Annie Joppe’s endurance blog: cowpats, fitness and forgotten milk

  • Spring not only means endurance, but it also means repairing land, washing dirt-encrusted horses, cleaning terminally stained rugs and thinking about clearing out the tack room. OK, enough of that, back to endurance.

    After Chiara’s competition, she was given a week off to fully recover from her exertions. I tend to give all my horses plenty of recovery time following a competition, perhaps more than is necessary, but it is far better that way round; I want my horses to last. Last week she had some light work, mostly schooling and walking over poles on the ground to encourage her to stretch down which is something that doesn’t come naturally to her.

    Now it was Dilmun’s turn. The plan was to run him over 45km to see how he felt with a view to entering the one-star competition at Royal Windsor. Dilmun is now 18-years-old and has been there and done it and for last season and this season, his desires have dictated his competition schedule to some extent. Last year he only ran three times, winning a performance formula competition at the same ride we went to last weekend, being the best Brit in the one-star at Euston Park and finishing with a steady one-star completion at Keysoe.

    So with this plan in mind, we set off for the heart of Dorset in beautiful Hardy country (pictured throughout). This was to be our first stay away this season where the horse corrals and we sleep next to him in our trailer (it does have living). Naturally, this was on top of a hill open to all the elements and the enormous field had clearly been recently occupied by cows.

    The amazing view on the ride at Abbotsbury

    We parked up, put out the corral and went to make a cup of tea. We then discovered two things: we had parked with the entrance to the living by the most enormous, most squishy cowpat ever and we had forgotten the milk!

    Beautiful, beautiful Dorset and a day of golden sunshine with a light breeze dawned: T-shirt weather in early April. The route was pretty amazing, the views to die for and miles and miles of grass to canter over on a ridge above Chesil beach — breathtaking! Dilmun was feeling soooooo good, pulling all the way round and even putting in the odd buck after about 30km! Interestingly, we did the same route last year when his final pulse was an amazing 38bpm at the end, but this year his final pulse was 44bpm. However he felt better this year; perhaps he thinks he is fitter than he actually is.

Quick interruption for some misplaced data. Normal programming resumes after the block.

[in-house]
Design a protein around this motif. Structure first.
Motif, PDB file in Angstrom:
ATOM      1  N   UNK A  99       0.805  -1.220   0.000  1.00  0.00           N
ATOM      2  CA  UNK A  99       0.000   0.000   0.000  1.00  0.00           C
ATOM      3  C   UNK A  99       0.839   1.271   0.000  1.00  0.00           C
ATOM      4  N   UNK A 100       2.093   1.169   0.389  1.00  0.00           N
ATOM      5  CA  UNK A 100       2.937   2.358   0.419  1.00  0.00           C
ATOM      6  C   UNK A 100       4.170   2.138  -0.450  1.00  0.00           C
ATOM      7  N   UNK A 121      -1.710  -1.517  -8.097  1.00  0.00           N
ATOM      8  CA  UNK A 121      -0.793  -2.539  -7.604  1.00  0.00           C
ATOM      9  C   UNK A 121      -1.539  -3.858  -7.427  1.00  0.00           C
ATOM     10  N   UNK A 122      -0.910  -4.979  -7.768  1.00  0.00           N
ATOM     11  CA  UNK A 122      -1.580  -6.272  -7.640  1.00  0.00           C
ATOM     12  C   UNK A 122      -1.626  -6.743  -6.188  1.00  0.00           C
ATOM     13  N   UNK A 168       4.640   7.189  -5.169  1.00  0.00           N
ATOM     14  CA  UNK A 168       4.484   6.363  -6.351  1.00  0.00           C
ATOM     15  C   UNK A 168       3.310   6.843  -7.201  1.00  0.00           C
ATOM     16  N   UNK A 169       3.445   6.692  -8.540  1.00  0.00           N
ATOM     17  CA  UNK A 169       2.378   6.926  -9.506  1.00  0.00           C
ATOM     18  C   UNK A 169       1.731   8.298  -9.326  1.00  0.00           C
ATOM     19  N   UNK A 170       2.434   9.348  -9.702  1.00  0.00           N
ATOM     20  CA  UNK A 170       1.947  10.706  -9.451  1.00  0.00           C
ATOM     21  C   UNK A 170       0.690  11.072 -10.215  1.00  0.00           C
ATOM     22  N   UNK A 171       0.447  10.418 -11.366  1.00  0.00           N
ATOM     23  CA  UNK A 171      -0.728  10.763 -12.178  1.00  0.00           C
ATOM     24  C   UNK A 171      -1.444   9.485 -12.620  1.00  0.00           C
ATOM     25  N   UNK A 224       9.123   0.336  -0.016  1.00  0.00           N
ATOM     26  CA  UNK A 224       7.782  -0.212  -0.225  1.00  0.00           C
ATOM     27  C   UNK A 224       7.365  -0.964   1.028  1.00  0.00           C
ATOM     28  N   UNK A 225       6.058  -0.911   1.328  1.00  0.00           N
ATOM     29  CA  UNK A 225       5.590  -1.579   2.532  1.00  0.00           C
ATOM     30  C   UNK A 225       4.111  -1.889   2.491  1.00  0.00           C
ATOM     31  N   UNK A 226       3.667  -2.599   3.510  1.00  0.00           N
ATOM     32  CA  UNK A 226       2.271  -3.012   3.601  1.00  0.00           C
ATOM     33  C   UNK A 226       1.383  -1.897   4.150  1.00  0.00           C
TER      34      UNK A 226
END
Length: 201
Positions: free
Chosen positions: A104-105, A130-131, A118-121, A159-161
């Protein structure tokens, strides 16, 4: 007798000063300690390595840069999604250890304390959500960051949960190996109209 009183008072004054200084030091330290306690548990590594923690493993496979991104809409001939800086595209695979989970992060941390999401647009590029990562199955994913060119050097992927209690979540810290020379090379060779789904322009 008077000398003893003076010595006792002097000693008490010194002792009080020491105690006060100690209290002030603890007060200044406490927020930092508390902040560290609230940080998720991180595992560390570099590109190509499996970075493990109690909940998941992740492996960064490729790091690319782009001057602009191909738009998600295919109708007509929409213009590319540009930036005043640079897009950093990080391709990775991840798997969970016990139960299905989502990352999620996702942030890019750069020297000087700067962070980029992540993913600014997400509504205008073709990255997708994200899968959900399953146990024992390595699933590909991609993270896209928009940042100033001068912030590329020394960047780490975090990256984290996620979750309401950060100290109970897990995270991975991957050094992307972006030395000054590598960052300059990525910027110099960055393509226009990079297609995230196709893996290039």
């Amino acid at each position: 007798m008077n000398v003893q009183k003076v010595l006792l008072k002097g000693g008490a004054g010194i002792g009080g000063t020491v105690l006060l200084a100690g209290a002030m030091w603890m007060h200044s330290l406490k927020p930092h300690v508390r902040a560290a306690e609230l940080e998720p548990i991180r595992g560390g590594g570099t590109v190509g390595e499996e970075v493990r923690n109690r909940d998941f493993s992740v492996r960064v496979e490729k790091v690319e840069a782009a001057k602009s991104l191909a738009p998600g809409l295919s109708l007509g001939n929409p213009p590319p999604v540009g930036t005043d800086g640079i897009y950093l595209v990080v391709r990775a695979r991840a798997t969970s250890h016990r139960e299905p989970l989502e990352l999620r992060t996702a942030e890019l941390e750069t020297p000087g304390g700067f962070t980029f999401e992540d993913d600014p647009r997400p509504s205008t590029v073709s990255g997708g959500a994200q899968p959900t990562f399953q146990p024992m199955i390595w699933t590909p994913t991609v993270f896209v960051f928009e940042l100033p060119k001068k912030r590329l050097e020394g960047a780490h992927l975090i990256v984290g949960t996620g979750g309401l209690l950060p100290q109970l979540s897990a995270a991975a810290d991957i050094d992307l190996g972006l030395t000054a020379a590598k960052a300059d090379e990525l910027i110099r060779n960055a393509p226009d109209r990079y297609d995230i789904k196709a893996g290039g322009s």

Dil and I on the Hardy’s ride

    These early season competitions are a great time to meet up with old friends and rivals and meet new people. Endurance is such a friendly sport and, although there were 150 or so riders, there were always plenty of familiar faces.

    I had plans for the next couple of months, largely revolving around Fantom’s preparation and fitness programme. However, flexibility is key to success in this game and plans will probably change again. I am now not sure whether I am taking Dilmun or Fantom to Royal Windsor and whether I am taking Chiara or Fantom to Euston Park — watch this space…

    Continued below…

    Fantom has had his first very short canter today as part of his conditioning and we will continue to develop this over the next couple of weeks and incorporate one or two longer training sessions. His feed will now begin to change very gradually to cope with the added demands made on his body and he will now take in electrolytes on a daily basis (both Chiara and Dilmun have been doing this for some weeks now).

    My own fitness has suddenly, almost magically, improved; exercises feel easier and I am getting good at this jogging malarkey…


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